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Increased number of heterotopic Purkinje cells in essential tremor
  1. Sheng-Han Kuo1,
  2. Cordelia Erickson-Davis2,
  3. Arthur Gillman2,
  4. Phyllis L Faust3,
  5. Jean-Paul G Vonsattel3,4,
  6. Elan D Louis1,2,4,5
  1. 1Department of Neurology, College of Physicians and Surgeons, Columbia University, New York, USA
  2. 2GH Sergievsky Center, College of Physicians and Surgeons, Columbia University, New York, USA
  3. 3Department of Pathology and Cell Biology, College of Physicians and Surgeons, Columbia University, New York, USA
  4. 4Taub Institute for Research on Alzheimer's Disease and the Ageing Brain, College of Physicians and Surgeons, Columbia University, New York, USA
  5. 5Department of Epidemiology, Mailman School of Public Health, Columbia University, New York, USA
  1. Correspondence to Dr E D Louis, Unit 198, Neurological Institute, 710 West 168th Street, New York, NY 10032, USA; edl2{at}columbia.edu

Abstract

Objective Recent postmortem studies reveal degenerative changes, including Purkinje cell (PC) loss, in most brains from individuals with essential tremor (ET). Heterotopic PCs (HPCs) (ie, PC bodies displaced into the molecular layer) may be found in neurodegenerative diseases with PC loss. HPCs have been observed in ET but no quantitative case control analysis has been performed.

Methods HPCs were counted in 35 ET brains and 32 control brains (including 21 non-diseased controls and 11 diseased controls with progressive supranuclear palsy (PSP)) using a standard 20×25 mm cerebellar cortical section stained with a modified Bielscholwsky method.

Results The median number of HPCs per section was three times higher in 35 ET cases (median 3, mean±SD 3.8±3.6, range 0–14) versus 32 controls (median 1, mean±SD 1.6±1.7, range 0–5) (p=0.007). The number of HPCs was similarly low in the 21 non-diseased controls and 12 PSP brains (median 1 in each group) (p=0.04 and p=0.01 compared with ET). In ET, the number of HPCs was inversely related to the number of PCs (Spearman's rho −0.36, p=0.038) (ie, cases with more HPCs had fewer PCs).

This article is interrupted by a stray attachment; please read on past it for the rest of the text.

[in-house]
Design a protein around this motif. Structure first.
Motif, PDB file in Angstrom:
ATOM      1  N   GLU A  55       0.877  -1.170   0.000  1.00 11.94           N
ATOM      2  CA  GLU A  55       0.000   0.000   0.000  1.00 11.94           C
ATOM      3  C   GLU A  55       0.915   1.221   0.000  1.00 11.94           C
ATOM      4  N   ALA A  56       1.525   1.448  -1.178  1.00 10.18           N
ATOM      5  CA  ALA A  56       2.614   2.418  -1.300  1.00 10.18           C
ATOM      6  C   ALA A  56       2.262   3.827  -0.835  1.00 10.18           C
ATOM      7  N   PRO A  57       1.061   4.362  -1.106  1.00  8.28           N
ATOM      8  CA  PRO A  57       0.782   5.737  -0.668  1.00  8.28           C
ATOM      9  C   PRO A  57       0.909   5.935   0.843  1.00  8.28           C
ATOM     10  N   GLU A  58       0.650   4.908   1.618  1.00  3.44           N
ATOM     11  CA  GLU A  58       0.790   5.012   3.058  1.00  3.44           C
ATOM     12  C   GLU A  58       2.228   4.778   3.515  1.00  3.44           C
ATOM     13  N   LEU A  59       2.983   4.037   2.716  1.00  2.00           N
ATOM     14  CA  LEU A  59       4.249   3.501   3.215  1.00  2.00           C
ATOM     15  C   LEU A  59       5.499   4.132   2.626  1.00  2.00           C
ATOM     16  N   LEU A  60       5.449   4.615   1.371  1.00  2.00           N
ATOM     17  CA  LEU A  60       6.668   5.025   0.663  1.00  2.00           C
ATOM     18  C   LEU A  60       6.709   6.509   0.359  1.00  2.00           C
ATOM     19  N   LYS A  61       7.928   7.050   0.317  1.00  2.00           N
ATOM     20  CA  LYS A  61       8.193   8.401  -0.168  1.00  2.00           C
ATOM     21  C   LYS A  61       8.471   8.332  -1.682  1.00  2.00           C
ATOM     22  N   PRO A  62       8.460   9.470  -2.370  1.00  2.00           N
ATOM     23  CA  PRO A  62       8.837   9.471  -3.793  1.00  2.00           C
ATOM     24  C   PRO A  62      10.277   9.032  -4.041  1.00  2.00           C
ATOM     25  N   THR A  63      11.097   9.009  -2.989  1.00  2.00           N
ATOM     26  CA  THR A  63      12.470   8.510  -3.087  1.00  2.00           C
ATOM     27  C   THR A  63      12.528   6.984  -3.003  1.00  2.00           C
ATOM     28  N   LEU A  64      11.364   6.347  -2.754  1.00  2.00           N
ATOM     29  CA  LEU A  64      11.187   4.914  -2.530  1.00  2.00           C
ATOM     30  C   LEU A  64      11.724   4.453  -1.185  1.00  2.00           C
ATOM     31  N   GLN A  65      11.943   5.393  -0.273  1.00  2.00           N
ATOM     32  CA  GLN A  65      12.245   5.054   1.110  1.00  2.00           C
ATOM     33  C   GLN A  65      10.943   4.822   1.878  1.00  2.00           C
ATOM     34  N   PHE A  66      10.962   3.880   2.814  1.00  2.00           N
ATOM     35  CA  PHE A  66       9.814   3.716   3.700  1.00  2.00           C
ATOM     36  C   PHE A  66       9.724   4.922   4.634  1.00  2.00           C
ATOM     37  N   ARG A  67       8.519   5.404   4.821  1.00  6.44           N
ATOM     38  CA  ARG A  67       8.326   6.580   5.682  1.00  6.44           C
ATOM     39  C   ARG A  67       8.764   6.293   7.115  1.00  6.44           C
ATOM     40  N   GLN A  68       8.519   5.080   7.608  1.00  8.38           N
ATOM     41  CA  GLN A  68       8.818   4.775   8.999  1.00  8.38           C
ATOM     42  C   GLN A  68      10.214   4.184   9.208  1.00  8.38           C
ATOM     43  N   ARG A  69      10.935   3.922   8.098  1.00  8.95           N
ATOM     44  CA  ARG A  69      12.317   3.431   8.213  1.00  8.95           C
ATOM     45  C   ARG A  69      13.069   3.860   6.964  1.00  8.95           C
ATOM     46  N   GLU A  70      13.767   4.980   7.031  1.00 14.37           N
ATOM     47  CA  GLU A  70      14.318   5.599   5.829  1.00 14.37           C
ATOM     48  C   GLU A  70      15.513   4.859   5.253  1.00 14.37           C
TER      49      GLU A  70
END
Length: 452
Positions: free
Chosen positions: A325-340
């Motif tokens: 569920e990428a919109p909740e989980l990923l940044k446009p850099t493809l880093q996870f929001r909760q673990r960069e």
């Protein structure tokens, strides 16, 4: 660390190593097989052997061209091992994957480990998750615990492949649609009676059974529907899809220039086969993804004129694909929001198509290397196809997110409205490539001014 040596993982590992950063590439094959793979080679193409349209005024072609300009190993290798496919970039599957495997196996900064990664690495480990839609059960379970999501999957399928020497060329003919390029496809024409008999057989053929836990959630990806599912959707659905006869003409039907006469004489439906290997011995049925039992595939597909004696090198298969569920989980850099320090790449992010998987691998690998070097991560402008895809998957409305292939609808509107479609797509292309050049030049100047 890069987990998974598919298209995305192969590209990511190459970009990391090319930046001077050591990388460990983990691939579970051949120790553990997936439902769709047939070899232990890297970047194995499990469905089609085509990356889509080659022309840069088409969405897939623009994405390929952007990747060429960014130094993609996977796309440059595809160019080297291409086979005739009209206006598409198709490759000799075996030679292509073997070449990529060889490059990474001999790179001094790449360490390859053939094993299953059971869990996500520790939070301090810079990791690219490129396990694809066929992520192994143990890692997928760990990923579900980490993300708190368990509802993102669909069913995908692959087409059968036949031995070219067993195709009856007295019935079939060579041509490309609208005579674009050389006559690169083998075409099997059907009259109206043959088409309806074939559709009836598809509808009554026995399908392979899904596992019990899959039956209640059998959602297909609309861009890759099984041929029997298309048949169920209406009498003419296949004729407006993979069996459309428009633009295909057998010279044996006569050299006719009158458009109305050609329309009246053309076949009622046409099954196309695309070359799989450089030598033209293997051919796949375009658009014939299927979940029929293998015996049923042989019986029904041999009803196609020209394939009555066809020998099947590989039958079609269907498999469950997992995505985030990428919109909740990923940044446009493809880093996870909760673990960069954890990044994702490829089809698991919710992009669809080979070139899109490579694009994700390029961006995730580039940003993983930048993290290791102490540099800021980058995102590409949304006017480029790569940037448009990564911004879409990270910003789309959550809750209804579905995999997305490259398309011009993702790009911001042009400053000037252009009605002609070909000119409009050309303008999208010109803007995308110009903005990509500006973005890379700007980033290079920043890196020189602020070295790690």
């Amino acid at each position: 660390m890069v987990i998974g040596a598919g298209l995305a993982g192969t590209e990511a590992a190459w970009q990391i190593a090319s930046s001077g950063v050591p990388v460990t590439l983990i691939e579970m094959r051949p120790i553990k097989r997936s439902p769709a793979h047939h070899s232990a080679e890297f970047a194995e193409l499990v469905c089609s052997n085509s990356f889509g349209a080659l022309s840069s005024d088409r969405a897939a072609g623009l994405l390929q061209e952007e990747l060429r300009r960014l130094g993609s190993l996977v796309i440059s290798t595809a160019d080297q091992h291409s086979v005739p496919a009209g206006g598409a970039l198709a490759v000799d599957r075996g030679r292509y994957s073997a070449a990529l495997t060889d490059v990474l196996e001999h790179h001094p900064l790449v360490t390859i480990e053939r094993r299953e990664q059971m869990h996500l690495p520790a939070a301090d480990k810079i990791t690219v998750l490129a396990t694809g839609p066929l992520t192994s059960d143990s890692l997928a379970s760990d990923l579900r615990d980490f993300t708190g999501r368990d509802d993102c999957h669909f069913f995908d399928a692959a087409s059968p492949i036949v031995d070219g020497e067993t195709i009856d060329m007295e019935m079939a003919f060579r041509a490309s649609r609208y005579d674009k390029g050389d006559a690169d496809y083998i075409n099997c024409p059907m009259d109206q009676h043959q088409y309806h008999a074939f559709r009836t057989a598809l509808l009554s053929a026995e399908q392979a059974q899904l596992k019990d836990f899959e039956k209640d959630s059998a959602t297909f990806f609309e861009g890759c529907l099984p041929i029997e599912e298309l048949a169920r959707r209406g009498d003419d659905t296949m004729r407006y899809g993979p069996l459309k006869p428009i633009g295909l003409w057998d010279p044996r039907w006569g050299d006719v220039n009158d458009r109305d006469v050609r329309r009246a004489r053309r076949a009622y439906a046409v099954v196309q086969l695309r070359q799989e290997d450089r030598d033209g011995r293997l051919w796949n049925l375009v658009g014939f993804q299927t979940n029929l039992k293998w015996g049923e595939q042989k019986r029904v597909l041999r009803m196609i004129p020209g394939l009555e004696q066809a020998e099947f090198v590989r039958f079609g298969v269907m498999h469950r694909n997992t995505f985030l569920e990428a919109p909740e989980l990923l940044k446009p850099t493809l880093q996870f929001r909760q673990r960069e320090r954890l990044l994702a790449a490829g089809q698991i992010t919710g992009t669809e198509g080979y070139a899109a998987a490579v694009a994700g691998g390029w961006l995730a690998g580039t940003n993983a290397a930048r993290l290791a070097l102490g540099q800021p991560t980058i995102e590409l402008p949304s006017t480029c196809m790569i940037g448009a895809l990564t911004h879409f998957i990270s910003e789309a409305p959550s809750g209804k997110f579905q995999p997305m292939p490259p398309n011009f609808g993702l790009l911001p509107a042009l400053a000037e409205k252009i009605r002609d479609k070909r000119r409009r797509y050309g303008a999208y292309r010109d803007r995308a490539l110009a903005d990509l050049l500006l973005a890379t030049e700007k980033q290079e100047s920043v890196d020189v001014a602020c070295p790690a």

Conclusion PC heterotopia, which occurs in cerebellar degenerative disorders, is also a feature of ET. These findings further contribute to our understanding of the postmortem changes in this common neurological disease.

  • cerebellar disease
  • movement disorders
  • pathology
  • tremor
  • Received 25 March 2010
  • Revised 17 May 2010
  • Accepted 20 May 2010

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  • Received 25 March 2010
  • Revised 17 May 2010
  • Accepted 20 May 2010
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Footnotes

  • Funding R01 NS42859 from the National Institutes of Health (Bethesda, Maryland), the Arlene Bronstein Essential Tremor Research Fund (Columbia University) and the Claire O'Neil Essential Tremor Research Fund (Columbia University).

  • Competing interests None.

  • Ethics approval This study was conducted with the approval of Columbia University.

  • Provenance and peer review Not commissioned; externally peer reviewed.

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